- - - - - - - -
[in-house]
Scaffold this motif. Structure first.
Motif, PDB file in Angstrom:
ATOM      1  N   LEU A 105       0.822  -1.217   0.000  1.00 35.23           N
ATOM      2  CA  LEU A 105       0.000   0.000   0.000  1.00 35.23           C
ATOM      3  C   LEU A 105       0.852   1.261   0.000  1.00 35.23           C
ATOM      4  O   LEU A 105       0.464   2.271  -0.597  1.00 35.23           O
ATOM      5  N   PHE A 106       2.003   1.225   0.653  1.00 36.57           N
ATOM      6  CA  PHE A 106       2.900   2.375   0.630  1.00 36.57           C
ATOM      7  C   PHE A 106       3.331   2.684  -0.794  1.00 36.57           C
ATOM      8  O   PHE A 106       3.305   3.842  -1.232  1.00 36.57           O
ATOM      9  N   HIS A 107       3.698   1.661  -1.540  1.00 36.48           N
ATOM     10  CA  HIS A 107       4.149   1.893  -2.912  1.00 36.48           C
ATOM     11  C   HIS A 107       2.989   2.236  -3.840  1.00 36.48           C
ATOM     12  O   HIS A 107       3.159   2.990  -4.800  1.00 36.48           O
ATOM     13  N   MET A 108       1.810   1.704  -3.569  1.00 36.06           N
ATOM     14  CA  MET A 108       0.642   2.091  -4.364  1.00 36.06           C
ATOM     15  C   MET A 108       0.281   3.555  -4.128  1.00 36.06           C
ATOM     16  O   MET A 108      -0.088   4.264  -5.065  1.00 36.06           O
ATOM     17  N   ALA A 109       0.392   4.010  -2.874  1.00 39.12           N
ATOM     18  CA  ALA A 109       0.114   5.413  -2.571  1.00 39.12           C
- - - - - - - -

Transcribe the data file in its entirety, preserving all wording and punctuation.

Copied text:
[in-house]
Scaffold this motif. Structure first.
Motif, PDB file in Angstrom:
ATOM      1  N   LEU A 105       0.822  -1.217   0.000  1.00 35.23           N
ATOM      2  CA  LEU A 105       0.000   0.000   0.000  1.00 35.23           C
ATOM      3  C   LEU A 105       0.852   1.261   0.000  1.00 35.23           C
ATOM      4  O   LEU A 105       0.464   2.271  -0.597  1.00 35.23           O
ATOM      5  N   PHE A 106       2.003   1.225   0.653  1.00 36.57           N
ATOM      6  CA  PHE A 106       2.900   2.375   0.630  1.00 36.57           C
ATOM      7  C   PHE A 106       3.331   2.684  -0.794  1.00 36.57           C
ATOM      8  O   PHE A 106       3.305   3.842  -1.232  1.00 36.57           O
ATOM      9  N   HIS A 107       3.698   1.661  -1.540  1.00 36.48           N
ATOM     10  CA  HIS A 107       4.149   1.893  -2.912  1.00 36.48           C
ATOM     11  C   HIS A 107       2.989   2.236  -3.840  1.00 36.48           C
ATOM     12  O   HIS A 107       3.159   2.990  -4.800  1.00 36.48           O
ATOM     13  N   MET A 108       1.810   1.704  -3.569  1.00 36.06           N
ATOM     14  CA  MET A 108       0.642   2.091  -4.364  1.00 36.06           C
ATOM     15  C   MET A 108       0.281   3.555  -4.128  1.00 36.06           C
ATOM     16  O   MET A 108      -0.088   4.264  -5.065  1.00 36.06           O
ATOM     17  N   ALA A 109       0.392   4.010  -2.874  1.00 39.12           N
ATOM     18  CA  ALA A 109       0.114   5.413  -2.571  1.00 39.12           C